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Chapter 8 Counting Principles: Further Probability Topics Section 8.3 Probability Applications of Counting Principles.

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Presentation on theme: "Chapter 8 Counting Principles: Further Probability Topics Section 8.3 Probability Applications of Counting Principles."— Presentation transcript:

1 Chapter 8 Counting Principles: Further Probability Topics Section 8.3 Probability Applications of Counting Principles

2 Recall that tree diagrams can be used to solve probability problems involving dependent events, but tree diagrams sometimes require a large number of branches. Recall that tree diagrams can be used to solve probability problems involving dependent events, but tree diagrams sometimes require a large number of branches. Permutations and combinations are especially helpful when the numbers involved are large. Permutations and combinations are especially helpful when the numbers involved are large.

3 The use of combinations to solve probability problems depends on the basic probability principle: The use of combinations to solve probability problems depends on the basic probability principle: Let S be a sample space with equally likely outcomes, and let event E be a subset of S. Then the probability that event E occurs, written P(E), is where n(E) and n(S) represent the number of elements in sets E and S.

4 Combinations tend to be used more often than permutations in probability because many times the final result does not depend on the order of events. Combinations tend to be used more often than permutations in probability because many times the final result does not depend on the order of events. However, order does matter in some cases, and permutations would need to be used. However, order does matter in some cases, and permutations would need to be used. In some cases, a mixture of permutations and combinations are needed to solve the problem. In some cases, a mixture of permutations and combinations are needed to solve the problem.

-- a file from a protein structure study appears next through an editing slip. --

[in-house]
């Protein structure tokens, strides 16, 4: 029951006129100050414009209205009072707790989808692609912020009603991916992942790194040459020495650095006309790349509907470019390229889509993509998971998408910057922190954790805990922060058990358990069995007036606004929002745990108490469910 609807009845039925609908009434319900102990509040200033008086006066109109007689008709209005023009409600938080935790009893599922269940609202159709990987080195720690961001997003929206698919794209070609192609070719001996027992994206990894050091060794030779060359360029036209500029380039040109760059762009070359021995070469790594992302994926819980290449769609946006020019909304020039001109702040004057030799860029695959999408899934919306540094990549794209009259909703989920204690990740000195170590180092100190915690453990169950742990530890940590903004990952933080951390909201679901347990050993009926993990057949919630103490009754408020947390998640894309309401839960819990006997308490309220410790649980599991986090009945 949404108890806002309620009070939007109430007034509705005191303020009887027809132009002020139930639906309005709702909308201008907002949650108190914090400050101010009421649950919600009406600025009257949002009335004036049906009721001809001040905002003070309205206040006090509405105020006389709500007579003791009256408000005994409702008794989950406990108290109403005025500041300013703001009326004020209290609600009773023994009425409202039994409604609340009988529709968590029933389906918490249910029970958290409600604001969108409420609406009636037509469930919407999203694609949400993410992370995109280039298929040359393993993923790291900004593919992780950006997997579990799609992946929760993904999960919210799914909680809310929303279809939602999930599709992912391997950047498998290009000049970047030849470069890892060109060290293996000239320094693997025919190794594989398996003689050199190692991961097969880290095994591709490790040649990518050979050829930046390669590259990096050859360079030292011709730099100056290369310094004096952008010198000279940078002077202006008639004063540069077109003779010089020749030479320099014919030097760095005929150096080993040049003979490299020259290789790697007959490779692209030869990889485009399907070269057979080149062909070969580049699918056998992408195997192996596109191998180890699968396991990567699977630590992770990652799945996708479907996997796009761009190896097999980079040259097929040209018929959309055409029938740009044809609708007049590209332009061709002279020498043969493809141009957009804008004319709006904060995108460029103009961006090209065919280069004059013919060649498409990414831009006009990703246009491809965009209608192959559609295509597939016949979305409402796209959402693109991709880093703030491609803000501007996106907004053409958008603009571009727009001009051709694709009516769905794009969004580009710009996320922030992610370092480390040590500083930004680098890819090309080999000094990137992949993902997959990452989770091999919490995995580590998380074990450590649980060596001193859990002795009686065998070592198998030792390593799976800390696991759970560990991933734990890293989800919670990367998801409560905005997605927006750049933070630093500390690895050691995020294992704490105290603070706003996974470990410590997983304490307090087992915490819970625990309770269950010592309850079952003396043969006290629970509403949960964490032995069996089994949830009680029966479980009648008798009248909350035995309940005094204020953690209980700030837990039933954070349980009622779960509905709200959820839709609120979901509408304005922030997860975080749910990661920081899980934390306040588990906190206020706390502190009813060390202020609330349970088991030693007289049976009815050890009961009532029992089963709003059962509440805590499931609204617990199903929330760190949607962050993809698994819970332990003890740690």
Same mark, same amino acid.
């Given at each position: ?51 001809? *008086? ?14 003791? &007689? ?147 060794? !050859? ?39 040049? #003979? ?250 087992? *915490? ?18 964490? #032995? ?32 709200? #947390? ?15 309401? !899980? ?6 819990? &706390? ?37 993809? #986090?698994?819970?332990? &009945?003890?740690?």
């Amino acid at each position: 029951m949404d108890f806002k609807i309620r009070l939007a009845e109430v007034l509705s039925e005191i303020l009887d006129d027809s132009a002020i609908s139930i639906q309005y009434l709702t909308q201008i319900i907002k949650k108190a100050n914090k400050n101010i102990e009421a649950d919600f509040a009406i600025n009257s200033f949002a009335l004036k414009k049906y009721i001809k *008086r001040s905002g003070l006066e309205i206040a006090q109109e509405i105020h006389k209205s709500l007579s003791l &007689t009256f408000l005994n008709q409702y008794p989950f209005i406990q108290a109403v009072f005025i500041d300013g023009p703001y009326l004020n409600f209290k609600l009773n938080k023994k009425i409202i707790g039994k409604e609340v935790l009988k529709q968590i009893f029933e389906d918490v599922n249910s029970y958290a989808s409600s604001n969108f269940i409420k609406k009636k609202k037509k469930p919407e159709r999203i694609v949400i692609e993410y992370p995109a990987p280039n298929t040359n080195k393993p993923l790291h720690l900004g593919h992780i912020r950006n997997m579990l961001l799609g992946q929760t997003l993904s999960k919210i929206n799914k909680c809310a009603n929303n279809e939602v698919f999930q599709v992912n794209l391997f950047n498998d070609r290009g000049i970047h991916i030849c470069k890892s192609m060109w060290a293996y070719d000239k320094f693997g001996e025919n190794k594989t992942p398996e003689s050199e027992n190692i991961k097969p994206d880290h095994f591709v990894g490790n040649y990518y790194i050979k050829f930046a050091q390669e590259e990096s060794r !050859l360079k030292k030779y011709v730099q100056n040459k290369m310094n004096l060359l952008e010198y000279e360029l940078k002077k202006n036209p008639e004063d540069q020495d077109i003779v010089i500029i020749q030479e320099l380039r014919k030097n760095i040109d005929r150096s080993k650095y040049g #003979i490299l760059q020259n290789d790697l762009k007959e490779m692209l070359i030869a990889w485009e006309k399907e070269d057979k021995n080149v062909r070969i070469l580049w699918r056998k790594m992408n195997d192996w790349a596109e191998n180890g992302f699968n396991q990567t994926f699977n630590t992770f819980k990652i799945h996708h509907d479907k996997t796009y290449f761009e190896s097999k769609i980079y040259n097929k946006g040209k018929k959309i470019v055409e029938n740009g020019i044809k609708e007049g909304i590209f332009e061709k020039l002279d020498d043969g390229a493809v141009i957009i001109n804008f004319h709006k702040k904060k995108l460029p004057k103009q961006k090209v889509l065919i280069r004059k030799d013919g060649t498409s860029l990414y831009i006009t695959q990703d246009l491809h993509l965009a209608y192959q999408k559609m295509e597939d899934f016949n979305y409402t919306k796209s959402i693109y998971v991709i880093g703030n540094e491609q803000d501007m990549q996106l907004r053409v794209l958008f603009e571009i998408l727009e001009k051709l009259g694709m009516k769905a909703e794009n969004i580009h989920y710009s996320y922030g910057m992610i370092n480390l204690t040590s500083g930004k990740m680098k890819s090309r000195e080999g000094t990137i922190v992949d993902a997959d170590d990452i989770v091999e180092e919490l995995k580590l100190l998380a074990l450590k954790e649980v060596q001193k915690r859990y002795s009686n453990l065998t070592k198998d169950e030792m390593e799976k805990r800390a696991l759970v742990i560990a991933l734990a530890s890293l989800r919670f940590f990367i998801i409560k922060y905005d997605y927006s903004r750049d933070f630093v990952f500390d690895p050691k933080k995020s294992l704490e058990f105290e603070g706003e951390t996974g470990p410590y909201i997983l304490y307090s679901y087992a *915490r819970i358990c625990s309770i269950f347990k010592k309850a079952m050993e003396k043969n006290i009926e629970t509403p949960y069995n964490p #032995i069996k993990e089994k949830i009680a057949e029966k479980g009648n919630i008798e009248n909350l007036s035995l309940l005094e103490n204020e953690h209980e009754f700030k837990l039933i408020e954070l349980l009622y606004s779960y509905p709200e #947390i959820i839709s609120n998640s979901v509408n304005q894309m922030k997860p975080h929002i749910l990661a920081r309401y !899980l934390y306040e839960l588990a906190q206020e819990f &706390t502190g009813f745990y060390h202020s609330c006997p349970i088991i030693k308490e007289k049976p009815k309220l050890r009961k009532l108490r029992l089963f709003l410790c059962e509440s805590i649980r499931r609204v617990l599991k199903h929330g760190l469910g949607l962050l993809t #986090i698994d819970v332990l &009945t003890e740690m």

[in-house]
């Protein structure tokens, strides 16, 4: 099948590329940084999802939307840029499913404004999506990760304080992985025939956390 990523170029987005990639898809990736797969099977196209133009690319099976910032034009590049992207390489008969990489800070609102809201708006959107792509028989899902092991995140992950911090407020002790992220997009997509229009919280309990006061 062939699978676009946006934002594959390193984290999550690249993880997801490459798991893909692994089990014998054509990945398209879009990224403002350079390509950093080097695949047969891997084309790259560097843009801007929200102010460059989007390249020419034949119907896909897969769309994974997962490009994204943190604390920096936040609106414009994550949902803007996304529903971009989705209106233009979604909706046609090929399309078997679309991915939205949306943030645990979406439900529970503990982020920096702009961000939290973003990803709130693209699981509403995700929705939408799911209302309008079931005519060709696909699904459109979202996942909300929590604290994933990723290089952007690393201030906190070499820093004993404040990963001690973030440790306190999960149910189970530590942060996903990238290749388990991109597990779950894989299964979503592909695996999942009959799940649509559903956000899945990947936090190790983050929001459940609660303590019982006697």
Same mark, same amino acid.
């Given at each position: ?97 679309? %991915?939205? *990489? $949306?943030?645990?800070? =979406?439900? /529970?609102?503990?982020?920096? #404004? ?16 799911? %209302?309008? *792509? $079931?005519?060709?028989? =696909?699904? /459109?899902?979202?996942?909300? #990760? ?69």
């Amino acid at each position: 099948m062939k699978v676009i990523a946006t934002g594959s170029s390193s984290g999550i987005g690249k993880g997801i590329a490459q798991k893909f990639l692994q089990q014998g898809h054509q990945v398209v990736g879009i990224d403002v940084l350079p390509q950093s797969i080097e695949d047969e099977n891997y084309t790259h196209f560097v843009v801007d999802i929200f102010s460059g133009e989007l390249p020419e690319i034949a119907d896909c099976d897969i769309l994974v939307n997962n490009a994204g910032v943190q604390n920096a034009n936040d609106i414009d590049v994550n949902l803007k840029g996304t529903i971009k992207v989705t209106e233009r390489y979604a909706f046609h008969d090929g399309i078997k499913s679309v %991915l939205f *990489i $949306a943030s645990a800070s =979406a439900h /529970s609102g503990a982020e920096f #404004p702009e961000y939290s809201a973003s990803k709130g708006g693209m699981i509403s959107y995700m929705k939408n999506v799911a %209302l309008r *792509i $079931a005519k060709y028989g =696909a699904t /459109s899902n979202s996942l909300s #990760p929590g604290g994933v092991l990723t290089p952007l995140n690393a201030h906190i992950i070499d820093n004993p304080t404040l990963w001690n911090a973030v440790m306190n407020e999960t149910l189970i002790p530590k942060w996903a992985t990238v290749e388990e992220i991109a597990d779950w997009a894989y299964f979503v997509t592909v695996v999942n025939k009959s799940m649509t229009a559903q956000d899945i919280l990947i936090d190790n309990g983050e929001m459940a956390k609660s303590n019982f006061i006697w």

5 Example: You and your friends order twelve burritos to go from a Mexican restaurant, five with hot peppers and seven without; however, the restaurant forgot to label them. If you pick three burritos at random, what is the probability that all three have hot peppers? Example: You and your friends order twelve burritos to go from a Mexican restaurant, five with hot peppers and seven without; however, the restaurant forgot to label them. If you pick three burritos at random, what is the probability that all three have hot peppers? Find the number of ways you can choose 3 burritos from C 3 = 220 This is your sample space. 12 C 3 = 220 This is your sample space. Find the number of ways you can choose 3 burritos with hot peppers. 5 C 3 7 C 0 = 10 P(3 w/hot peppers) = __10__ =

6 Example: A basketball coach was asked to rank order his top three players from the starting five players. Suppose one of the players is named Jack. Example: A basketball coach was asked to rank order his top three players from the starting five players. Suppose one of the players is named Jack. a.) What is the probability that Jack is one of the top three players? three players? Find the number of ways the top 3 players can be chosen. 5 C 3 = 10 This is your sample space. Find the number of ways that Jack could be chosen as one of the three ranked players. 4 C 2 = 6 Since we want Jack to be one of the three chosen players, we only need to find out how many ways the coach can select the other two from the remaining 4 players. Determine the probability Jack is one of the top three. P(top three) = 6 =

7 Example: A basketball coach was asked to rank order his top three players from the starting five players. Suppose one of the players is named Jack. Example: A basketball coach was asked to rank order his top three players from the starting five players. Suppose one of the players is named Jack. b.) What is the probability that Jack is ranked # 1? Find the number of ways the top 3 players can be ranked. 5 P 3 = 60 This is your sample space. Find the number of ways that Jack could be chosen as the number one ranked player. _1_ 4 3 = 12 Since we want Jack to be the number one ranked player, we only need to find out how many ways the coach can select the second and third ranked players from the remaining 4. Determine the probability Jack is the top-ranked player. P( rank #1 ) = 12 =

8 Example: A standard poker hand consists of 5 cards. Find the probability that a person is dealt a straight flush (5 in a row in a single suit, but not a royal flush). Assume Aces are either high or low. Example: A standard poker hand consists of 5 cards. Find the probability that a person is dealt a straight flush (5 in a row in a single suit, but not a royal flush). Assume Aces are either high or low. A flush could start with an Ace, 2, 3, 4, 5, 6, 7, 8, or 9. This gives 9 choices in each of 4 suits, so there are 36 choices in all. ( 9 4 = 36 ) P(straight flush) = ___36____ 52 C 5 36______ 2, 598, 960 = ≈ = x 10 -5

9 Example: Two hundred people apply for three jobs. Sixty of the applicants are women. If three persons are selected at random, what is the probability that: Example: Two hundred people apply for three jobs. Sixty of the applicants are women. If three persons are selected at random, what is the probability that: a.) all are women? a.) all are women? b.) exactly two are men? c.) at least one is female?


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